15 Breed vs. Jones  1975  Gary Jones, age 17  Charged with armed robbery  Judge waived jurisdiction  Violated double jeopardy  After adjudication, waivers can’t be used Oklahoma Publishing Company vs. District Court in and for Oklahoma City  1977  Press can report name and photograph of a youth in Juvenile Court Smith vs. Daily Mail Publishing Company  1979  Can’t stop the press from publishing a juvenile’s name  Free Press Schall vs. Martin  1984  Gregory Martin, age 14  Charged with robbery, assault, and possession of a weapon  Stole jacket and sneakers from a boy he hit on the head with a loaded gun while with 2 other youths  Preventive “pretrial” detention of juveniles only allowed on certain issues

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18  N O VIOLENT OFFENDER CONTACT = NO NEW TRADES LEARNED  S EEN AS GOOD PEOPLE WHO JUST DID A BAD THING  D IFFERENT PROGRAMS TO FIT INDIVIDUALS  N O COMMUNITY, PEER, OR OTHER ABUSE  I MPULSIVE BEHAVIOR IN THE BRAIN HAS DEVELOPED FURTHER THAN DECISION MAKING  C ONTINUE TO LIVE LIFE OUTSIDE PRISON WORKING ON ISSUES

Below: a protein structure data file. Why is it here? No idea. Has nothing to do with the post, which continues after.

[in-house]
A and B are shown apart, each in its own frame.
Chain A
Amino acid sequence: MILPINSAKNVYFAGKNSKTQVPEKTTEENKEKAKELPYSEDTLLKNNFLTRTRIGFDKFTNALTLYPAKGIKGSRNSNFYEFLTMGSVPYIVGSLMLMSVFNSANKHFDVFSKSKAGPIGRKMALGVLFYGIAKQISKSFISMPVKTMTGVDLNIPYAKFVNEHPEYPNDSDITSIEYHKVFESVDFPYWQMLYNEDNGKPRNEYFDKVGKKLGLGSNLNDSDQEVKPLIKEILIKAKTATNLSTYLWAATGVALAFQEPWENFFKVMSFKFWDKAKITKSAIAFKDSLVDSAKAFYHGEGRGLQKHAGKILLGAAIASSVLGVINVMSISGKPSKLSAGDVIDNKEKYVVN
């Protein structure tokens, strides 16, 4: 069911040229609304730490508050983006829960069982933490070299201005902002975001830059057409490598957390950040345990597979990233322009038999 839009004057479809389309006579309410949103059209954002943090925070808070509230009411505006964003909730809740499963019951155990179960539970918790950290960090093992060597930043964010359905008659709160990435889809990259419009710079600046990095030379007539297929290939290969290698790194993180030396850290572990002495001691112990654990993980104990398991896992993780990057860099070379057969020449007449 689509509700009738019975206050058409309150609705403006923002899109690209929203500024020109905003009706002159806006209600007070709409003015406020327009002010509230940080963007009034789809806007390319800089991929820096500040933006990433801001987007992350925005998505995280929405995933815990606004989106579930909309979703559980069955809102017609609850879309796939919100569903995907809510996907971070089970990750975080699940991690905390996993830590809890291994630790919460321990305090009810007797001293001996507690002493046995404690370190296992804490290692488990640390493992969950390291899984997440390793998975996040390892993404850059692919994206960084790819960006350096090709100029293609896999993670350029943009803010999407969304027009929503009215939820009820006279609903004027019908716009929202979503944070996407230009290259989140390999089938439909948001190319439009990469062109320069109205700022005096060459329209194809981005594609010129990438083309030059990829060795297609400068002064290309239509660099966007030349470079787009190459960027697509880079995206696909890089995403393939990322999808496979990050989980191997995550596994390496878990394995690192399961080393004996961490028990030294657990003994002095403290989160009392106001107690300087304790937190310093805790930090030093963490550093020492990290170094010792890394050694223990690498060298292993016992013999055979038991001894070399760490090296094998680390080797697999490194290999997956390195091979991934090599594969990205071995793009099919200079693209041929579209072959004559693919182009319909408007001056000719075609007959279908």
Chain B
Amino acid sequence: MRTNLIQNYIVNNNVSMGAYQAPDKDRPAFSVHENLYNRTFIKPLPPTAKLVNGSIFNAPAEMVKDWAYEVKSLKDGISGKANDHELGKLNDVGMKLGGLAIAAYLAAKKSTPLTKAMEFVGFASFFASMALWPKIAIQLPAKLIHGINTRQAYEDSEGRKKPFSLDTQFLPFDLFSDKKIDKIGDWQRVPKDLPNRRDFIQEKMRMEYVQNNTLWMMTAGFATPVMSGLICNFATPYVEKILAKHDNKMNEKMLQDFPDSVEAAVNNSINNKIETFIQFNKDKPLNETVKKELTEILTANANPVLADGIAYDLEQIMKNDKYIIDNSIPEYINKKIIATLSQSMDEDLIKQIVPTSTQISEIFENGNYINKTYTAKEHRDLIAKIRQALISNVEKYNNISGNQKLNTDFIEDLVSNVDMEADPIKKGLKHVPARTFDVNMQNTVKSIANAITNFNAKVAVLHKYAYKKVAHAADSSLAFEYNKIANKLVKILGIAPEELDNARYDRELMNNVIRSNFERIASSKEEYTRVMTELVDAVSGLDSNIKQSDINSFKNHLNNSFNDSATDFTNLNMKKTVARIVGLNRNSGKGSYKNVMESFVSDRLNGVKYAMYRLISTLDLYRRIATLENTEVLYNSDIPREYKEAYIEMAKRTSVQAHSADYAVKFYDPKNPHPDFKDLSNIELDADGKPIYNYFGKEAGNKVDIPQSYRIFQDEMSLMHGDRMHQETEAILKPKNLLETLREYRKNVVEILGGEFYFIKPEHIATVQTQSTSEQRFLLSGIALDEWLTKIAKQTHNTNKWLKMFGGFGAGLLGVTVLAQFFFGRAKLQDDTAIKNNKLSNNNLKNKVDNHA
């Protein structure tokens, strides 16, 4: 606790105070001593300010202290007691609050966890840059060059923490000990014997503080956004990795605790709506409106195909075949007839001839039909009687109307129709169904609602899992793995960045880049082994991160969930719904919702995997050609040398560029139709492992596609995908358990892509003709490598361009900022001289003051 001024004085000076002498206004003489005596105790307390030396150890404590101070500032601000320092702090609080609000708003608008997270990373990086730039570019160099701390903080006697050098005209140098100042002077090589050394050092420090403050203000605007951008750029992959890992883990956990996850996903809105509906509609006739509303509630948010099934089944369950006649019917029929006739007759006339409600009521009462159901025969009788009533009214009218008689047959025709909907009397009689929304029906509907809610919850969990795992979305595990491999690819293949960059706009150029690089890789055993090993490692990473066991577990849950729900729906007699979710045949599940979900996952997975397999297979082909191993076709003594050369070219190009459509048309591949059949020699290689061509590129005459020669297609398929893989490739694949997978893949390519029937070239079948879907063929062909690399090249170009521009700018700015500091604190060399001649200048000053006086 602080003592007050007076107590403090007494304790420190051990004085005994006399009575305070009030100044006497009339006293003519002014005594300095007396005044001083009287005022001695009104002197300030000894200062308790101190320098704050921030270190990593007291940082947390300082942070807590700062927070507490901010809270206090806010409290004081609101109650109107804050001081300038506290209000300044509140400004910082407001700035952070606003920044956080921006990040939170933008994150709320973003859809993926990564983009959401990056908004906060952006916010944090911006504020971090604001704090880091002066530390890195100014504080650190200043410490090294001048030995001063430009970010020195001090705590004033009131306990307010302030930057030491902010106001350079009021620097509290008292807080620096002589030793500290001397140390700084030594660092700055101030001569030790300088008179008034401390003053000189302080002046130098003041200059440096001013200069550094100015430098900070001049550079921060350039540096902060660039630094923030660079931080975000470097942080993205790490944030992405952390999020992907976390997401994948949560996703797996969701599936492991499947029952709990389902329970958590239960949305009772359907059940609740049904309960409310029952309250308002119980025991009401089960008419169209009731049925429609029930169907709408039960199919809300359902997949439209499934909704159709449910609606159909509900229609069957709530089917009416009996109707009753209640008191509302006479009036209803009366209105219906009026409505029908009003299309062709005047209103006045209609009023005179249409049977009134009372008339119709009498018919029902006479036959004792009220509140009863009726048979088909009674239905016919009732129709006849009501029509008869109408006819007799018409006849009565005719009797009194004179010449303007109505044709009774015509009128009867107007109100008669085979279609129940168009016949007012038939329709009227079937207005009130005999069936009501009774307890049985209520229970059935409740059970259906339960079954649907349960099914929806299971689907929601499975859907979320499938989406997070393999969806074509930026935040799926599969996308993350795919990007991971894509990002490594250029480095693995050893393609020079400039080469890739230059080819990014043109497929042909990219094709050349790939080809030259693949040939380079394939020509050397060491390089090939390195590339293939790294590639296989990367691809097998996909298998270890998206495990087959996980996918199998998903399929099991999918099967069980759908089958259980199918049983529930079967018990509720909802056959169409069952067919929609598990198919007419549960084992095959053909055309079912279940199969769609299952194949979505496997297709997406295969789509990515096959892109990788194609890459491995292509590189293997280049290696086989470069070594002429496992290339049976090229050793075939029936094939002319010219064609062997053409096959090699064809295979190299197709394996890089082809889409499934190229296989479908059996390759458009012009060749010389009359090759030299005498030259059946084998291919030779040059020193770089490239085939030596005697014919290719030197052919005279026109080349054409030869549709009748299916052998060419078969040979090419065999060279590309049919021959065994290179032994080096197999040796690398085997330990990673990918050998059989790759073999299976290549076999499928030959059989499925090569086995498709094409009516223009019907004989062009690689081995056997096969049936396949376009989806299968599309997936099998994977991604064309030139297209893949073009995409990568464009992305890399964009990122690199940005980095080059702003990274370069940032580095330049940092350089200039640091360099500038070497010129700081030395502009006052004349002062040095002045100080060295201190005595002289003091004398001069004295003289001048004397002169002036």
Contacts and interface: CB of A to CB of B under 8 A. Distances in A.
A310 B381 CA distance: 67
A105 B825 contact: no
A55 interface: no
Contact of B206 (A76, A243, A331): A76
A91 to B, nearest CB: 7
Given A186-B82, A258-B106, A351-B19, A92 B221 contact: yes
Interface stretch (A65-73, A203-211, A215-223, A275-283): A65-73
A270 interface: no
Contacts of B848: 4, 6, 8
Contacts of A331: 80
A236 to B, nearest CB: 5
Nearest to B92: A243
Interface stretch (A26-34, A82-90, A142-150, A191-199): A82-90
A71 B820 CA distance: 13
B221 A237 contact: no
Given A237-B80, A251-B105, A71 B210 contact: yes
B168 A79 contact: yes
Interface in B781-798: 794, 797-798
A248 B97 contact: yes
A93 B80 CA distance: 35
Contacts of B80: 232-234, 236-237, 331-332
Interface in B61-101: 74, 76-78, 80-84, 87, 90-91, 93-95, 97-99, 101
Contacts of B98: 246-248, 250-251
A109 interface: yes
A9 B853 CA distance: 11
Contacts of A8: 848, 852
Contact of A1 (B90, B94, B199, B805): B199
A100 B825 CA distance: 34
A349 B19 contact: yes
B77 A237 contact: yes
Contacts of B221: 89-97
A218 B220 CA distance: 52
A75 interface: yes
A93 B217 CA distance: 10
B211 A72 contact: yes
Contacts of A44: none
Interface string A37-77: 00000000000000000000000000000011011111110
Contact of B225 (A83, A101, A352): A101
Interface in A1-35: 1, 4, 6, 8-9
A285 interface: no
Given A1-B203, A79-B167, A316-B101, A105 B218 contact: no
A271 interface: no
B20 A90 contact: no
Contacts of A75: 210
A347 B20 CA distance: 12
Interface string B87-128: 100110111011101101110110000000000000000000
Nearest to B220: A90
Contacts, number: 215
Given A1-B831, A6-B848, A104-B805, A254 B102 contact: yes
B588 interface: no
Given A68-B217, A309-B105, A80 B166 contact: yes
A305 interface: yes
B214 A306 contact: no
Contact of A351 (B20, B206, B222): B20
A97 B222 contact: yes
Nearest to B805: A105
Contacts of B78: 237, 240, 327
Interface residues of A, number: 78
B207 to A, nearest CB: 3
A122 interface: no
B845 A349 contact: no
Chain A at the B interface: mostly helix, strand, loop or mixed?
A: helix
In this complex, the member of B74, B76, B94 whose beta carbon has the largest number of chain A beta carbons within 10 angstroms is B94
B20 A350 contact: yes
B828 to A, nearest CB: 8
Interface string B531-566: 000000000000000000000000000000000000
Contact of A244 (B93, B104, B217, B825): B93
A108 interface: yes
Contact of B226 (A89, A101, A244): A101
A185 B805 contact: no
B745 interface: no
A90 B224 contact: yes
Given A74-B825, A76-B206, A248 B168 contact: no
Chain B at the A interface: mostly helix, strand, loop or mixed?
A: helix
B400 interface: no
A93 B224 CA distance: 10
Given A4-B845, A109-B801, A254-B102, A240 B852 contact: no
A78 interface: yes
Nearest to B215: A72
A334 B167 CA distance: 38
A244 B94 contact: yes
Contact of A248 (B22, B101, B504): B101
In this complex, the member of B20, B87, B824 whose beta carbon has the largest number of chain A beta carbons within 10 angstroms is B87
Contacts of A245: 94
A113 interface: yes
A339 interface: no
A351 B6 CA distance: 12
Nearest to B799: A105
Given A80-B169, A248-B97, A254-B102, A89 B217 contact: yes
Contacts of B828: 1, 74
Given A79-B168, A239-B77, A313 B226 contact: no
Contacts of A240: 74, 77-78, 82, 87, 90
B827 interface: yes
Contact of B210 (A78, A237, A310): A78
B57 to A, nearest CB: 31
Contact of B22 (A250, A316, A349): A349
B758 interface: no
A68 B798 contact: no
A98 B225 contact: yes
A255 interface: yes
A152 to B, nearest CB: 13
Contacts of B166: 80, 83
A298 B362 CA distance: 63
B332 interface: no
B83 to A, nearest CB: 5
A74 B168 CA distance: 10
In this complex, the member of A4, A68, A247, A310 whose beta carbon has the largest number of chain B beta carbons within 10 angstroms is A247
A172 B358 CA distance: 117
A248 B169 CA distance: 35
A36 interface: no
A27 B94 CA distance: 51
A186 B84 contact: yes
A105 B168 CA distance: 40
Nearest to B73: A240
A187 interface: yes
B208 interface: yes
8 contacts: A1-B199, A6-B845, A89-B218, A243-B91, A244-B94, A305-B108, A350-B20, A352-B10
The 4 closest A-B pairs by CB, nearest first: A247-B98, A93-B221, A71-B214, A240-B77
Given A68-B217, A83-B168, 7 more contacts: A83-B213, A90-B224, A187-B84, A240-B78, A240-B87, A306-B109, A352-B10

19  37 TIMES MORE LIKELY TO COMMIT CRIME IN / OUT J UVENILE D ETENTION C ENTER  O FFENDERS WHO ARE IN JAIL LONGER DON ’ T TRY TO “ ONE UP ” JUVENILES OR VICE VERSA  F EAR OF PUNISHMENT / DETERRENCE  S OCIAL C ONTROL  L ESS MONEY TO HOUSE INMATE  W HAT IS A GOOD ENVIRONMENT ?  B ALANCE  T HOSE PEOPLE WHO DON ’ T GET A SECOND CHANCE BECAUSE A JUVENILE TOOK THAT AWAY  P UNISHMENT FITS THE CRIME  N O EASY WAY OUT

20  Bilchik, Shay. United States. Department of Justice National Report Series. Washington D.C: Web..  Information for this Bulletin was taken from chapter 4 of Juvenile Offenders and Victims: 1999 National  Report. For a full listing of sources for this chapter,see page 109 of the National Report.